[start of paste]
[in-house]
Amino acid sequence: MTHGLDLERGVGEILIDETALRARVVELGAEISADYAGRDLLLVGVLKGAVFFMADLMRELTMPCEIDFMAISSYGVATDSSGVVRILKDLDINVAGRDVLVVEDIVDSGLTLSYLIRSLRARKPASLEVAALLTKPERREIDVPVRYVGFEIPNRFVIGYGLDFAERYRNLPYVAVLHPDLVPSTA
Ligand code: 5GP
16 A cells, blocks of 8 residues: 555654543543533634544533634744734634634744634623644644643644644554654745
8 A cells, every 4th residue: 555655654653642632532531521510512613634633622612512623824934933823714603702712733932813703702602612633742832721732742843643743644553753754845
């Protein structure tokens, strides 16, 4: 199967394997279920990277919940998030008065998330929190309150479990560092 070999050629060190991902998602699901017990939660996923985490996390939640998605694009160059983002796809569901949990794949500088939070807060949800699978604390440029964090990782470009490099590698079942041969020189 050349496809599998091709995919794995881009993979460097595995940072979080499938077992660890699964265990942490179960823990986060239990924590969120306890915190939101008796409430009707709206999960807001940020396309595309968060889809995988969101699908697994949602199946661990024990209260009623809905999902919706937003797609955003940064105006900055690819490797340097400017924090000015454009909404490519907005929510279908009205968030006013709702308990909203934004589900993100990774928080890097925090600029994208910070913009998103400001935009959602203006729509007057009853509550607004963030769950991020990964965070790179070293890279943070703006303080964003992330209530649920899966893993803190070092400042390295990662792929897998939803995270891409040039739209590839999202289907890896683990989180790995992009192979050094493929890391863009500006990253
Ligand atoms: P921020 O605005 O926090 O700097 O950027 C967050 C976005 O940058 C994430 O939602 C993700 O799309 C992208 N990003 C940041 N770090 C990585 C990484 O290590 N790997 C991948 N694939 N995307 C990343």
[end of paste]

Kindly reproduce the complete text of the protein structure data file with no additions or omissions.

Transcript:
[in-house]
Amino acid sequence: MTHGLDLERGVGEILIDETALRARVVELGAEISADYAGRDLLLVGVLKGAVFFMADLMRELTMPCEIDFMAISSYGVATDSSGVVRILKDLDINVAGRDVLVVEDIVDSGLTLSYLIRSLRARKPASLEVAALLTKPERREIDVPVRYVGFEIPNRFVIGYGLDFAERYRNLPYVAVLHPDLVPSTA
Ligand code: 5GP
16 A cells, blocks of 8 residues: 555654543543533634544533634744734634634744634623644644643644644554654745
8 A cells, every 4th residue: 555655654653642632532531521510512613634633622612512623824934933823714603702712733932813703702602612633742832721732742843643743644553753754845
């Protein structure tokens, strides 16, 4: 199967394997279920990277919940998030008065998330929190309150479990560092 070999050629060190991902998602699901017990939660996923985490996390939640998605694009160059983002796809569901949990794949500088939070807060949800699978604390440029964090990782470009490099590698079942041969020189 050349496809599998091709995919794995881009993979460097595995940072979080499938077992660890699964265990942490179960823990986060239990924590969120306890915190939101008796409430009707709206999960807001940020396309595309968060889809995988969101699908697994949602199946661990024990209260009623809905999902919706937003797609955003940064105006900055690819490797340097400017924090000015454009909404490519907005929510279908009205968030006013709702308990909203934004589900993100990774928080890097925090600029994208910070913009998103400001935009959602203006729509007057009853509550607004963030769950991020990964965070790179070293890279943070703006303080964003992330209530649920899966893993803190070092400042390295990662792929897998939803995270891409040039739209590839999202289907890896683990989180790995992009192979050094493929890391863009500006990253
Ligand atoms: P921020 O605005 O926090 O700097 O950027 C967050 C976005 O940058 C994430 O939602 C993700 O799309 C992208 N990003 C940041 N770090 C990585 C990484 O290590 N790997 C991948 N694939 N995307 C990343």